Like many of us, for a good amount of my time, I live in a very steady state. I do the things that I do in the same way, day after day, and life on the whole seems to be comfortable and easy going. In other words I live a good amount of time within my comfort zone.
A couple of weeks ago I came back from a holiday in Morocco. For this holiday we took recommendations from my sister and without giving it much thought we booked on it and before you knew it we were flying off. My sister’s style of holiday centers on activity whereas my choice would be more of sun worshipping, so we were in for a new experience!
The first part of the holiday was in the Atlas Mountains. These are a mountain range across a northern stretch of Africa extending about 2,500km (1,500 miles) through Morocco, Algeria and Tunisia.
We decided to have a go at Trekking in the Atlas Mountains. I had never actually mountain trekked before, so it was something of a baptism of fire.
We hired a guide and set off up the mountain to the start of the trail. I felt like an instant pro with purpose bought walking shoes on: lookin’ good.
That lasted about 3 minutes as the heat of the Moroccan day and my impressive lack of leg muscle made the uphill ascent torturous– two hours of pure climbing approached at the speed of a slug. Thankfully the guide dragged me up for some of the way while I wheezed slowly behind him thinking how light headed I had started to feel! Stopping at intervals we looked down on how far we had climbed and being scared of heights and falling and generally unsafe situations the fear kicked in!
About three quarters of the way up the mountain I was thinking I should really use my gym membership. I caught a glimpse of the continuous climb ebbing into the distance and dug quickly in my bag: sweets and glugs of cool water were the only things that made the prospect of carrying on acceptable.
Finally, amazingly, we reached the top of the mountain. Wiping the droplets of sweat from our brows, we viewed the world below and I felt that I had achieved something today, what I hadn’t anticipated was the climb back down!!!
We started with a very bumpy hairpin decent to the river over large rocks and gravel. I thought I was worried on the way up, the comfort zone was truly being tested on the way down and I was more than a little nervous. At points after slipping and gripping the guide’s hands so tight my knuckles were white, god help his! I thought I wouldn’t make it to the bottom. Despite the fear, the dusty trail provided spectacular views of the Atlas Mountains.
As we reached the bottom I could see the shaded river bubbling through the valley and I breathed a sigh of relief. As this subsided I felt a rush of exhilaration as I realised I had truly done something I never thought I could of done. I was chuffed with what I had achieved and the adventure I had been on.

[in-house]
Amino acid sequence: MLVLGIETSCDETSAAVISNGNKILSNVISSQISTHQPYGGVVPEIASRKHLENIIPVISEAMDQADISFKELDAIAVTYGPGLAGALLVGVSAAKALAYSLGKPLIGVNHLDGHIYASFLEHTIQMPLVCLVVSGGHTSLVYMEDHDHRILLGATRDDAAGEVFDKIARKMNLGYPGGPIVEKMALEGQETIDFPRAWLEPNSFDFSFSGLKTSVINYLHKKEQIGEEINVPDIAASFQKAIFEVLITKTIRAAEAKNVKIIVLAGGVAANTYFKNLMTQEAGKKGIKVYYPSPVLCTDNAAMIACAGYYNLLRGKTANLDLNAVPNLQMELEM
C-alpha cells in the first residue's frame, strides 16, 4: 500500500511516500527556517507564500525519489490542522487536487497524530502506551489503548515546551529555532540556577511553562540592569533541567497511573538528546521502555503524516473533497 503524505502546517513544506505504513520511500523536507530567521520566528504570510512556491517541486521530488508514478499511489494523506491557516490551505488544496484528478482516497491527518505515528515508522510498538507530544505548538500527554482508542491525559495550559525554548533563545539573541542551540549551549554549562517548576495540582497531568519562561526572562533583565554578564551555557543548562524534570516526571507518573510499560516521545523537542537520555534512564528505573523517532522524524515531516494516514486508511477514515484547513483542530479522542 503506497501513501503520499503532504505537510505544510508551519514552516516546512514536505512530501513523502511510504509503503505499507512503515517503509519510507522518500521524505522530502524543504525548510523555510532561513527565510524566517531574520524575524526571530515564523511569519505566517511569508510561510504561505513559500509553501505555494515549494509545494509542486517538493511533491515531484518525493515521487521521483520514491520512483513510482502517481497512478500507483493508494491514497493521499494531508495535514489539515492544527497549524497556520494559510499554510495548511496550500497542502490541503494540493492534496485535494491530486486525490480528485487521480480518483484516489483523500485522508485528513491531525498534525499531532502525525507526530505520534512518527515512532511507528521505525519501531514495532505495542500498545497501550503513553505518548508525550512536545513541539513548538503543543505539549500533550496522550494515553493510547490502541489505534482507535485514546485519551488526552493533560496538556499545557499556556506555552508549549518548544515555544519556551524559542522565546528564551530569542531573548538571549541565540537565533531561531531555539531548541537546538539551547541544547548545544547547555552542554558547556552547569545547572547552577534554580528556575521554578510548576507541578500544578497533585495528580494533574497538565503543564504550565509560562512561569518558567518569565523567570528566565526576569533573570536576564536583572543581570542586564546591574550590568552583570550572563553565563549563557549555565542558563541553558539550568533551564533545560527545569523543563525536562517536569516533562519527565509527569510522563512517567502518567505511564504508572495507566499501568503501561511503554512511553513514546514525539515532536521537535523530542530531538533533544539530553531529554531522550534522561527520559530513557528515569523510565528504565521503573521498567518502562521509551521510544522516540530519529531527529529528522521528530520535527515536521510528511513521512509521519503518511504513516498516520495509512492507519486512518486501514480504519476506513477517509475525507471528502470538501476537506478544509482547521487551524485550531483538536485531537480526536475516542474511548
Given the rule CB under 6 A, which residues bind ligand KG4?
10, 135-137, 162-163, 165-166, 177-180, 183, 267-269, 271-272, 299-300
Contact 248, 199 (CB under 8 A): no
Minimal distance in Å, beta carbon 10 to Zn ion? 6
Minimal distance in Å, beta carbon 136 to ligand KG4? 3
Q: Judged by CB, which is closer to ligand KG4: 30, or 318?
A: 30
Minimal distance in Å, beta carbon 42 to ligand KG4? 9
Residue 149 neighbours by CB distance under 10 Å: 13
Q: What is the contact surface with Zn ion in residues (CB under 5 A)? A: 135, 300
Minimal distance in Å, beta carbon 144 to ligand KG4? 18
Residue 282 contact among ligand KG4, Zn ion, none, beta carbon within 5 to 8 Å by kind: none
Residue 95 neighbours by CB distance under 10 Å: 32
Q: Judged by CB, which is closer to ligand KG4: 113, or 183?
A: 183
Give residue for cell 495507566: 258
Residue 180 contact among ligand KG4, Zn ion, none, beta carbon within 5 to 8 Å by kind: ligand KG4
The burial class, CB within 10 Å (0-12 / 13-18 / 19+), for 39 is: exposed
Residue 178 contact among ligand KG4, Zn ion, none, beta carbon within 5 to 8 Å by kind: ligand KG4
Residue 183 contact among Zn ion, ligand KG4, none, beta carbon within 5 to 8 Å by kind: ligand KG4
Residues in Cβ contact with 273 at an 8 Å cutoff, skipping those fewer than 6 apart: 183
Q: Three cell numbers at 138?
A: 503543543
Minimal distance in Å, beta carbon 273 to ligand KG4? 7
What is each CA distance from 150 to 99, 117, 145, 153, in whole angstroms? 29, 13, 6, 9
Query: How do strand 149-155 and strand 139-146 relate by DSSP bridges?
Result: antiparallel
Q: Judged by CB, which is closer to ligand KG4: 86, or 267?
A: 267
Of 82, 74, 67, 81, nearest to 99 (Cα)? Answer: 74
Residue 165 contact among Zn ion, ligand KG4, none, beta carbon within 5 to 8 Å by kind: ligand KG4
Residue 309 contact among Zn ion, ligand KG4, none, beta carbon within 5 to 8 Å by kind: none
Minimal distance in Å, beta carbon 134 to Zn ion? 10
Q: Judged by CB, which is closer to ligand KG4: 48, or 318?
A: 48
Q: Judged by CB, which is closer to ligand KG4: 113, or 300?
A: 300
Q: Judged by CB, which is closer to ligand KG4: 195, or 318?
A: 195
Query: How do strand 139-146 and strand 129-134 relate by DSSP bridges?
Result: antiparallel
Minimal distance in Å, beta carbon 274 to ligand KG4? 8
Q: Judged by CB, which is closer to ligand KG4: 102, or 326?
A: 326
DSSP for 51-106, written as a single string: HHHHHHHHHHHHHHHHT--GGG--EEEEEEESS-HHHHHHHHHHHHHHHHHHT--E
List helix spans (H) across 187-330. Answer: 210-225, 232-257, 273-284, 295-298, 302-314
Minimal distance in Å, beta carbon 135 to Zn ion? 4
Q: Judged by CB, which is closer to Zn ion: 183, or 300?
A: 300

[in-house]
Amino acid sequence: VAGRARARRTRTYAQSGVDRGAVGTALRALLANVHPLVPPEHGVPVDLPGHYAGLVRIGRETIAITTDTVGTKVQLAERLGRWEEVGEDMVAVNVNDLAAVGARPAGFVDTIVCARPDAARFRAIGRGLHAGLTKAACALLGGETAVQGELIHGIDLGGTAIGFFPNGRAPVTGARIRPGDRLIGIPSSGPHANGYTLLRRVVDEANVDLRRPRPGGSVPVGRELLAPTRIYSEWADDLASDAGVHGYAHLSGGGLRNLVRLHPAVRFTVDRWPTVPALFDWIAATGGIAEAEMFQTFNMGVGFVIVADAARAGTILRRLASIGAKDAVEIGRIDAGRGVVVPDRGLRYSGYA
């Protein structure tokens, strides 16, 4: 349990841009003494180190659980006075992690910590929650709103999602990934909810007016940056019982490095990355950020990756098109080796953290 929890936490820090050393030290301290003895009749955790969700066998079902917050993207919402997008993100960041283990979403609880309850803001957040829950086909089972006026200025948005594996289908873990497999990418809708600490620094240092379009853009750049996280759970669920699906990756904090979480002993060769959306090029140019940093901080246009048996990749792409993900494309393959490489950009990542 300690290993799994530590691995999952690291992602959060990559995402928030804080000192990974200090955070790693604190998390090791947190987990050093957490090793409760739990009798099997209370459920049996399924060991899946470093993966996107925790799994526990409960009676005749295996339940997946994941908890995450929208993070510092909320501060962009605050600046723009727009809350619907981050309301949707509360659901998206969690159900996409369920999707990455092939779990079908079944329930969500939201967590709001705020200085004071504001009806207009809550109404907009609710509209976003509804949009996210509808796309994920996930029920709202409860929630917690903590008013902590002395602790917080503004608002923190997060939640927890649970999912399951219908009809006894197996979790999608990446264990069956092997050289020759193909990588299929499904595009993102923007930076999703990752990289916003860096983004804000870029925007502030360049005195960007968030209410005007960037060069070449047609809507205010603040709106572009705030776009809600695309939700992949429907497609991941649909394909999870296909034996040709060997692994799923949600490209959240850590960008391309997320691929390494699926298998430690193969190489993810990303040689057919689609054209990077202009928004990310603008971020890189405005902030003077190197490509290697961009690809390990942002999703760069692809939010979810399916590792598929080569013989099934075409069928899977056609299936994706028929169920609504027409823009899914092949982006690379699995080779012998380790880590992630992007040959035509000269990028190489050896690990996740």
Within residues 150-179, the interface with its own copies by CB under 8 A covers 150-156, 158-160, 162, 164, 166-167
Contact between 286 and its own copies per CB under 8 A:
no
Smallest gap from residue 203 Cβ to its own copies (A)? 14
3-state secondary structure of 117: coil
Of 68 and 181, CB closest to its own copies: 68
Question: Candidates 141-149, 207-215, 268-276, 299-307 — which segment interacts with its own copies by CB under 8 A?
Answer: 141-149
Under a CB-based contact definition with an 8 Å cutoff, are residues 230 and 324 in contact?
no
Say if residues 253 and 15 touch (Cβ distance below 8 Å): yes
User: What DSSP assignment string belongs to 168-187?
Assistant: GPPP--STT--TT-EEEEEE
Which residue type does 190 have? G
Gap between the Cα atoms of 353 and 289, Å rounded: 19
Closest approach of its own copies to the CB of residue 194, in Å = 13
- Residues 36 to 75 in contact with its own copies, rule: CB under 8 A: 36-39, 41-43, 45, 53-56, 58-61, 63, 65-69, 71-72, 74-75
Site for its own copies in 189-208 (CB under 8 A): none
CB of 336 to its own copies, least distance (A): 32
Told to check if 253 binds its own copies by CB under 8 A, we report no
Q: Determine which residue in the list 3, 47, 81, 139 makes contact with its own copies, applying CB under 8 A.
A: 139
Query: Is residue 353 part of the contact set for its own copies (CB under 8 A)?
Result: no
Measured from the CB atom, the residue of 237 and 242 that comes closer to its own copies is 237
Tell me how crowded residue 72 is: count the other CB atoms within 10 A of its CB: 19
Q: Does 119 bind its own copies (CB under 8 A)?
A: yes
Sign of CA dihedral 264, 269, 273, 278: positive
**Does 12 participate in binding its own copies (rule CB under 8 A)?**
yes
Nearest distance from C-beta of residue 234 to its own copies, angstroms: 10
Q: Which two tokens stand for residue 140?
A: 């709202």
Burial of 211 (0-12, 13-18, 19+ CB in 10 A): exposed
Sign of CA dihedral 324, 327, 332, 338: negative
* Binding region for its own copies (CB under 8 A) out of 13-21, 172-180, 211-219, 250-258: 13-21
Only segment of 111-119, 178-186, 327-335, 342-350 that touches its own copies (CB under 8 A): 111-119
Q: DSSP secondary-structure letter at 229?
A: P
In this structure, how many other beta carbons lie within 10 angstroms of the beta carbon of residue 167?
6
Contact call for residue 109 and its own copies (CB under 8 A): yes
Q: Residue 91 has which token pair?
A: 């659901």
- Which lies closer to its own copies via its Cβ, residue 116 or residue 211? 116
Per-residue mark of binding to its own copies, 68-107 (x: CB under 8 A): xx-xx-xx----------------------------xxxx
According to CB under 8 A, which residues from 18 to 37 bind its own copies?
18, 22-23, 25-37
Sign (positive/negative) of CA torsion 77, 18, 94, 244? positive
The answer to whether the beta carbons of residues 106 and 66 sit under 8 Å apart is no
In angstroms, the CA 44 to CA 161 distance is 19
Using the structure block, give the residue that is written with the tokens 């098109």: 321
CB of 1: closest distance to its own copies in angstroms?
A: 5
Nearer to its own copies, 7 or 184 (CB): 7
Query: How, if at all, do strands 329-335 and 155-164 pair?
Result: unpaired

Within Curium we make a habit on reflecting on our experiences to understand what we have learned from them, for me this was about stretching outside my comfort zone and what this did for me. Even in this minor scenario, stretching and trying something new was a real eye opener…
I grew – and so did my comfort zone. When you stretch your comfort zone, you grow as a person. I have learned a new skill, gained more confidence and I know that I’m ready for the next situation like that in the future. Something I was once afraid of is now part of my skillset. My comfort zone has grown in the process.
I feel more confident. I mentioned this already, but once you get past your limits, you feel more confident and very good about yourself. This experience sent my heart beating like crazy and I was sweating – yet I knew I had to go on once I had reached a certain point. Afterwards I was relieved of course, but at the same time I proved to myself that I can do such a thing if you want to. This good feeling is great capital for the similar events in the future. When I trek again, I will focus on the good feeling – instead of worrying about whether I can do it this time.
I learned something new. The whole process of stretching your comfort zone is very educational. I’m now able to do mountain trekking/walking in more confident manner than before. I know that if I had turned back, I probably wouldn’t attempt it again. When you go outside your comfort zone, you also learn something about yourself – how you act in certain situations. Since I learned how I act in a particular situation, it helps me to prepare for the similar situations in the future.
I was doing something that most people are not doing. To be more successful in life or in business, you have to take the bull by the horns and do something different than others. In my personal life, mountain trekking was something that few of my friends had done.
I moved faster to my goals that day. You can take the step-by-step approach of doing something or you can take the “stretch your comfort zone” route. When you take the latter one, you will reach your goals faster. If I had taken a stepped approach to trekking I don’t believe I would have ever have gone that far because I don’t think I would have ever assessed myself as ready
I was exposed to new opportunities. I met a number of experienced trekkers and new people and they gave me ideas for future things I could get involved in. You are more likely going to get exposed to new opportunities, if you want to get outside your comfort area.
The temptation to resist the stretch is often strong, but if you are willing to go outside your zone, there is much bigger chance for something good and unexpected to happen. New opportunities start to show up and you will thank yourself for stretching your comfort zone. What will you do to stretch your comfort zone this month, this week, today?